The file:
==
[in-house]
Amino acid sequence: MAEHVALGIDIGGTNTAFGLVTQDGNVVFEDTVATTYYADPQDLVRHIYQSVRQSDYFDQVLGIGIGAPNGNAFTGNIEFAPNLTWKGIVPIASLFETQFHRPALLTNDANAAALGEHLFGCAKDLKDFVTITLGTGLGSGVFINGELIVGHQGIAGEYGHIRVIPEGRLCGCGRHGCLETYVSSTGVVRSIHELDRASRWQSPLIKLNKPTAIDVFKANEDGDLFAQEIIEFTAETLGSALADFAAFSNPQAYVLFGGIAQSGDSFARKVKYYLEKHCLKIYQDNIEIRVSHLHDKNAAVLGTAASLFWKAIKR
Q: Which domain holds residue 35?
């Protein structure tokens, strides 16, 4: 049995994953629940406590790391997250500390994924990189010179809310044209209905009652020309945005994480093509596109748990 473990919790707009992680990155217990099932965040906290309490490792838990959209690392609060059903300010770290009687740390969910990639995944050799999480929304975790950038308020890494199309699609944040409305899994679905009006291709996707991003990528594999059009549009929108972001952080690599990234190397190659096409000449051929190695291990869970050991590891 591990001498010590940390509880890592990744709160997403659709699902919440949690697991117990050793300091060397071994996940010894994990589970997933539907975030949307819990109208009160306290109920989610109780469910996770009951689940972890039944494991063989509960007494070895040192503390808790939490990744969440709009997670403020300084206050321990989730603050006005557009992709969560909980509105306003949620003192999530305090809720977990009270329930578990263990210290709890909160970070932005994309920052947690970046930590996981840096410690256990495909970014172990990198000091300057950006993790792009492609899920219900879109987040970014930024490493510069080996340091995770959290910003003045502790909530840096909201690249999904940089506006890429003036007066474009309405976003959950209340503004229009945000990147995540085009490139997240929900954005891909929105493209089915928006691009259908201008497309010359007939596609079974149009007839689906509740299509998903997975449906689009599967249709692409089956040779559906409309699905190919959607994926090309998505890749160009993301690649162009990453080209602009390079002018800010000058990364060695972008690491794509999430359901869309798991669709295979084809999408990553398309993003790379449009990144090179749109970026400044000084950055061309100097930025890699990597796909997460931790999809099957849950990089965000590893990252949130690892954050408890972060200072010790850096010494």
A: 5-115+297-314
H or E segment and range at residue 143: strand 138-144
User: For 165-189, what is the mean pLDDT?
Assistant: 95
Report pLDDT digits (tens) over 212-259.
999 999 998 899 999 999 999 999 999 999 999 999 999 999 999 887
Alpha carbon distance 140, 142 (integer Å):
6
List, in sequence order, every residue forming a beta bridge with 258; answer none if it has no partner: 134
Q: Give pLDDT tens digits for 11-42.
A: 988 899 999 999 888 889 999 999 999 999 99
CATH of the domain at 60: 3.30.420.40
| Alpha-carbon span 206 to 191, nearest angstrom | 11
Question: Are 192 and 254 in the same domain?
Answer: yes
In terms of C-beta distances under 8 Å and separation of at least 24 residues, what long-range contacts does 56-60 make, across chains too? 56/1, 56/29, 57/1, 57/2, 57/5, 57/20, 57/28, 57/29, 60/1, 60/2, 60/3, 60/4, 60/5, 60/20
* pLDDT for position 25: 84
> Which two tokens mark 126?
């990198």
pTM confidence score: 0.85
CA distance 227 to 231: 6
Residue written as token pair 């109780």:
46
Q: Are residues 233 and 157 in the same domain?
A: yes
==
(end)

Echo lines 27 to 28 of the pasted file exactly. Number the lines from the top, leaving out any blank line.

46
Q: Are residues 233 and 157 in the same domain?